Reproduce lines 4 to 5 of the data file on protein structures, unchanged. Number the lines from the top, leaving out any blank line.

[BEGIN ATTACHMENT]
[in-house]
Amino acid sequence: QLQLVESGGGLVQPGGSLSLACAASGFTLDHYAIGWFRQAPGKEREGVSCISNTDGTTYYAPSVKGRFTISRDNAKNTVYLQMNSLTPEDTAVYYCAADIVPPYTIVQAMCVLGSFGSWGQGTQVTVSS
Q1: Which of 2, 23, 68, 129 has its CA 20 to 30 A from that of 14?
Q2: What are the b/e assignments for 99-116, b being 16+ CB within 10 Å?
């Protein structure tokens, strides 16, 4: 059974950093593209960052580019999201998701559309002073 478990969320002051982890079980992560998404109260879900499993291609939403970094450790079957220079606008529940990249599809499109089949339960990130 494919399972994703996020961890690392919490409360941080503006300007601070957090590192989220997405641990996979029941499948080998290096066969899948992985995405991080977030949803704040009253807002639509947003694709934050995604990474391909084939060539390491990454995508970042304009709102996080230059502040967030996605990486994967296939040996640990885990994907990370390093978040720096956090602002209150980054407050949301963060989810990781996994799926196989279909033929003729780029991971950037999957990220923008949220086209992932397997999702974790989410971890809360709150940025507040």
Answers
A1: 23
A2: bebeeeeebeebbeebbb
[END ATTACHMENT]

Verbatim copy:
Q2: What are the b/e assignments for 99-116, b being 16+ CB within 10 Å?
């Protein structure tokens, strides 16, 4: 059974950093593209960052580019999201998701559309002073 478990969320002051982890079980992560998404109260879900499993291609939403970094450790079957220079606008529940990249599809499109089949339960990130 494919399972994703996020961890690392919490409360941080503006300007601070957090590192989220997405641990996979029941499948080998290096066969899948992985995405991080977030949803704040009253807002639509947003694709934050995604990474391909084939060539390491990454995508970042304009709102996080230059502040967030996605990486994967296939040996640990885990994907990370390093978040720096956090602002209150980054407050949301963060989810990781996994799926196989279909033929003729780029991971950037999957990220923008949220086209992932397997999702974790989410971890809360709150940025507040």